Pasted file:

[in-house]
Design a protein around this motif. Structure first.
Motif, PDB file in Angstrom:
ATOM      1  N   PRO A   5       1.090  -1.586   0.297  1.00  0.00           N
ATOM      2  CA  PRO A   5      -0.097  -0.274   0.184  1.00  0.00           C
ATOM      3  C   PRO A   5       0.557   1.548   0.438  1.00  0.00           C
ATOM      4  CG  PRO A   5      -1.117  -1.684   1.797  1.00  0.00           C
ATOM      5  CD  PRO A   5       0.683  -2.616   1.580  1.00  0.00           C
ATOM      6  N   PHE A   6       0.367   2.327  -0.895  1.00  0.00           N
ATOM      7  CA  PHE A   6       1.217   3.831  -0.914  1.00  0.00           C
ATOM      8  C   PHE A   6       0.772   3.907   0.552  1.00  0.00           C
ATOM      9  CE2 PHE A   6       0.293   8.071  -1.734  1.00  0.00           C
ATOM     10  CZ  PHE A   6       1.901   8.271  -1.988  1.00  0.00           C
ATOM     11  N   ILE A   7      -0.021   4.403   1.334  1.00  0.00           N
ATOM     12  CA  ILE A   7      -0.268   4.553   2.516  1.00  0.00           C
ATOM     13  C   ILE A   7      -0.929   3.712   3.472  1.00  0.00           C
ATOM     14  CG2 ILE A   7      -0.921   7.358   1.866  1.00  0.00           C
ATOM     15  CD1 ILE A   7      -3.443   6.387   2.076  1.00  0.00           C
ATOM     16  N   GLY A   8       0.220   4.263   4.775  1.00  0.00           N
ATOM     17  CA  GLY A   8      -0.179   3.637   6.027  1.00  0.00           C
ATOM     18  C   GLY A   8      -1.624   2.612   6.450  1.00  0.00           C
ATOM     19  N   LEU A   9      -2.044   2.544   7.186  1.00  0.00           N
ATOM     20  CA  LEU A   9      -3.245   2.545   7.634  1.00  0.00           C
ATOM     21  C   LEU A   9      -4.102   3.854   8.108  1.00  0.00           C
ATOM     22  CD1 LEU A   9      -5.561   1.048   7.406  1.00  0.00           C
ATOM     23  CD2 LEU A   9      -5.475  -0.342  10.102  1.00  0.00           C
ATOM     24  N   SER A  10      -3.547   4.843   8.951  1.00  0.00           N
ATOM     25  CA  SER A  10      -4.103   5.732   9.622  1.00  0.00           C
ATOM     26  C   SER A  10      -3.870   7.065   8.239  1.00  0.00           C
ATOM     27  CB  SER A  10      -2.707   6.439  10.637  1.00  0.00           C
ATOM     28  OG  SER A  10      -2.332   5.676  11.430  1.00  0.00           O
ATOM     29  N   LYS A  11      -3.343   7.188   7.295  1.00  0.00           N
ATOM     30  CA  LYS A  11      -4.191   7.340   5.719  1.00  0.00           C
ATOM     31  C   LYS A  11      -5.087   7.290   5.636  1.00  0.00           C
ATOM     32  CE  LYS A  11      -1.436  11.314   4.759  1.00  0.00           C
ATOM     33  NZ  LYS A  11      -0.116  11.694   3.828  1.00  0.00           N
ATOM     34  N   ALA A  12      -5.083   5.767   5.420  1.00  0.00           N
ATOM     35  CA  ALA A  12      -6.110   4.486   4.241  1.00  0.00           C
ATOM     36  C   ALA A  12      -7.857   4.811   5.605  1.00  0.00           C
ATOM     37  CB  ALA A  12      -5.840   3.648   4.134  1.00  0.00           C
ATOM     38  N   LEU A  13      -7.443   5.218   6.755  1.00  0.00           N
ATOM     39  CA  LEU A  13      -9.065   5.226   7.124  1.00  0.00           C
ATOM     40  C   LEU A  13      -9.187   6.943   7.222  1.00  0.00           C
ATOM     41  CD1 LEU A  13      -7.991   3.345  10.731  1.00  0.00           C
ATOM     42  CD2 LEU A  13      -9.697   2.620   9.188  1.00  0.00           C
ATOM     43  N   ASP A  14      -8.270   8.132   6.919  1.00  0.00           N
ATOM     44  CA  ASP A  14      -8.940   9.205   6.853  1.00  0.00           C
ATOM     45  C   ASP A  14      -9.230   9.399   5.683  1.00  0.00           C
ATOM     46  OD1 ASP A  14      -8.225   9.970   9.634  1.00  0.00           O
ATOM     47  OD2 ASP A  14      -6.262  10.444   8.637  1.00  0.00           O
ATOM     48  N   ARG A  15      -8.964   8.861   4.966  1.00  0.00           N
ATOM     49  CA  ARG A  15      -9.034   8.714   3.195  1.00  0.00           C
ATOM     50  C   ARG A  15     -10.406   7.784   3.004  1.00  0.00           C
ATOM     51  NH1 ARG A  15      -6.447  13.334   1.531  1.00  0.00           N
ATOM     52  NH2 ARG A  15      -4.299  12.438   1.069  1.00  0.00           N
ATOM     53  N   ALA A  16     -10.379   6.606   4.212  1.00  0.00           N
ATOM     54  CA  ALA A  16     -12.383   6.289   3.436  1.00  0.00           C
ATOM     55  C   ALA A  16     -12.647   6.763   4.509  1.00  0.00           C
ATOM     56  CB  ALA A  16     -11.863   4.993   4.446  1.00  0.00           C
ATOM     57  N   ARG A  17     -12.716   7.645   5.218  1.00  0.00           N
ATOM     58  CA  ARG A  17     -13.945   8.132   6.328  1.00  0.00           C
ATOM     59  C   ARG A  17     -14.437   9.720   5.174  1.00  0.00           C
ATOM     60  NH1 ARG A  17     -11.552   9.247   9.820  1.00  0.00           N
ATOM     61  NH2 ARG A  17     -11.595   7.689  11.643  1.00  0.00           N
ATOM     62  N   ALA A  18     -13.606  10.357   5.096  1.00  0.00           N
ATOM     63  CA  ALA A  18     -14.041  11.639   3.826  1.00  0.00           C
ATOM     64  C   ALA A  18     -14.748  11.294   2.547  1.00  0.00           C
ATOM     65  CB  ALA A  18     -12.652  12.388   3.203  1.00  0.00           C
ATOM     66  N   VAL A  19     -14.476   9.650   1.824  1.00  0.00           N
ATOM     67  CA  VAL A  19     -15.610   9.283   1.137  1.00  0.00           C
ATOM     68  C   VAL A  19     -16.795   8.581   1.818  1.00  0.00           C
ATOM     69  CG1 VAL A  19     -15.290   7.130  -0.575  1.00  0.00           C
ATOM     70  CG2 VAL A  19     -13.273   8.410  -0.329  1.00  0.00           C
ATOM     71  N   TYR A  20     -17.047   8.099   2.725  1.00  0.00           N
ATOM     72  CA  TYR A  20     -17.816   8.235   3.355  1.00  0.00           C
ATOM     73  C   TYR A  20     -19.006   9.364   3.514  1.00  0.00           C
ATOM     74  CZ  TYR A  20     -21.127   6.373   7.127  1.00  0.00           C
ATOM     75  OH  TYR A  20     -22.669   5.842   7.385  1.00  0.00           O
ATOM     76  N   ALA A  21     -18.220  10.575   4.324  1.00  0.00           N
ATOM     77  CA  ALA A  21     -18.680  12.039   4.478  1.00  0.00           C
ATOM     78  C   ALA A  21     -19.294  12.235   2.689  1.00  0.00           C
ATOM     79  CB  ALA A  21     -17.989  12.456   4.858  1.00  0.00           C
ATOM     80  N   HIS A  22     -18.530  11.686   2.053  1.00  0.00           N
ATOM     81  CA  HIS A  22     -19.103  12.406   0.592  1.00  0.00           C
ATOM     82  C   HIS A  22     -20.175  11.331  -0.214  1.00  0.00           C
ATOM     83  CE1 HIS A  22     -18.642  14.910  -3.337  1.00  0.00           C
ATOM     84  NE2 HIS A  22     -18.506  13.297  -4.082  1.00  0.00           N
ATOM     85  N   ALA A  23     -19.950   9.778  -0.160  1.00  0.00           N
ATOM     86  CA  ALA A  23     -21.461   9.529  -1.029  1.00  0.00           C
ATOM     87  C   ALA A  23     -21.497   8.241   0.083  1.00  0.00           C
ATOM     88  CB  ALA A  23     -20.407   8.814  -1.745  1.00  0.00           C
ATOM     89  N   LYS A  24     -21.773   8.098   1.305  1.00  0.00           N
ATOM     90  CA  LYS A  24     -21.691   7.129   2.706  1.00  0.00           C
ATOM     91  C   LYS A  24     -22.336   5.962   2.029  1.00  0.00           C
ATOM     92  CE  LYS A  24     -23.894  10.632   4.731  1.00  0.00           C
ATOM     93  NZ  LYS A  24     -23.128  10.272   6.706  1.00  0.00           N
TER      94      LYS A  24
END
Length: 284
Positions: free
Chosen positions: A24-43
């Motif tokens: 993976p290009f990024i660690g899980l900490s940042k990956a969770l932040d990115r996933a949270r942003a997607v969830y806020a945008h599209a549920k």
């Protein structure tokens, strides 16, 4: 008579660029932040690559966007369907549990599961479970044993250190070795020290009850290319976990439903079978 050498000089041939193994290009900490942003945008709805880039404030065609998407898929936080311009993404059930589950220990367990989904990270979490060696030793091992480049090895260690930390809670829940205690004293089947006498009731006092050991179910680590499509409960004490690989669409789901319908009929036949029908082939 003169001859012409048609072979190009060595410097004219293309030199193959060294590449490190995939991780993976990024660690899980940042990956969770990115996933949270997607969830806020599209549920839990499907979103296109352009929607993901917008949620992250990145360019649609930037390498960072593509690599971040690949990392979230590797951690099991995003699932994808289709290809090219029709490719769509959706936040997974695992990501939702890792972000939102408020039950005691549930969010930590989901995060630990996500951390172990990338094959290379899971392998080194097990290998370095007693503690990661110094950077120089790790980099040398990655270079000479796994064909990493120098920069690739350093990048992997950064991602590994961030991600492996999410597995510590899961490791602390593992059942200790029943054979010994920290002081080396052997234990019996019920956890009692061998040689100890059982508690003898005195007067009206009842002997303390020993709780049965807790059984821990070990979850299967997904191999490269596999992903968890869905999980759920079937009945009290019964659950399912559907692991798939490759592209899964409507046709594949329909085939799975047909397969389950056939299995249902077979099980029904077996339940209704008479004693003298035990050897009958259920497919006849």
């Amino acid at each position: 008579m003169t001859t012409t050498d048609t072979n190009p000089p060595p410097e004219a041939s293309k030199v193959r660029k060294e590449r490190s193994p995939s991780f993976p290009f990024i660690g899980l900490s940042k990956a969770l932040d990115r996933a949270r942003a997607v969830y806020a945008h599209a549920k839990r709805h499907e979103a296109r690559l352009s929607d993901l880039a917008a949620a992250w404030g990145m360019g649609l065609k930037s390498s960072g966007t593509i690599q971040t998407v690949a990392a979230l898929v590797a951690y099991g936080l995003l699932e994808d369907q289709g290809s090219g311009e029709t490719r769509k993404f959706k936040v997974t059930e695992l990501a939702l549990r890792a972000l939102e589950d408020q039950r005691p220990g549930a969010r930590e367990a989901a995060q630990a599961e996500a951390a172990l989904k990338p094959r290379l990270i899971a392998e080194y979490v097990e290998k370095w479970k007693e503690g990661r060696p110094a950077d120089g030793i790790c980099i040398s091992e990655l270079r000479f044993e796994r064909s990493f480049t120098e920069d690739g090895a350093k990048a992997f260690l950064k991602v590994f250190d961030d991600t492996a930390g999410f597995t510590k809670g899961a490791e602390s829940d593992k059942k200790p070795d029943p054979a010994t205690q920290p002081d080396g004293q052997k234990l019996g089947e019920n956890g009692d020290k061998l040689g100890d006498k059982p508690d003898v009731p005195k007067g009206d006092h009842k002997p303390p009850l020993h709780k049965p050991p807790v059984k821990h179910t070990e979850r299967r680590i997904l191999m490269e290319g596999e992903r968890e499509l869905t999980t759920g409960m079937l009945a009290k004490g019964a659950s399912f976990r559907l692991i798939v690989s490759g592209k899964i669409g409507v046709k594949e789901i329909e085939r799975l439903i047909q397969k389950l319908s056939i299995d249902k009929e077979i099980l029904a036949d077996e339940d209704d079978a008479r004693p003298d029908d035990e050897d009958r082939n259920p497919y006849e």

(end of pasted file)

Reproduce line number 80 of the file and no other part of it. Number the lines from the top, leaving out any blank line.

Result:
ATOM     77  CA  ALA A  21     -18.680  12.039   4.478  1.00  0.00           C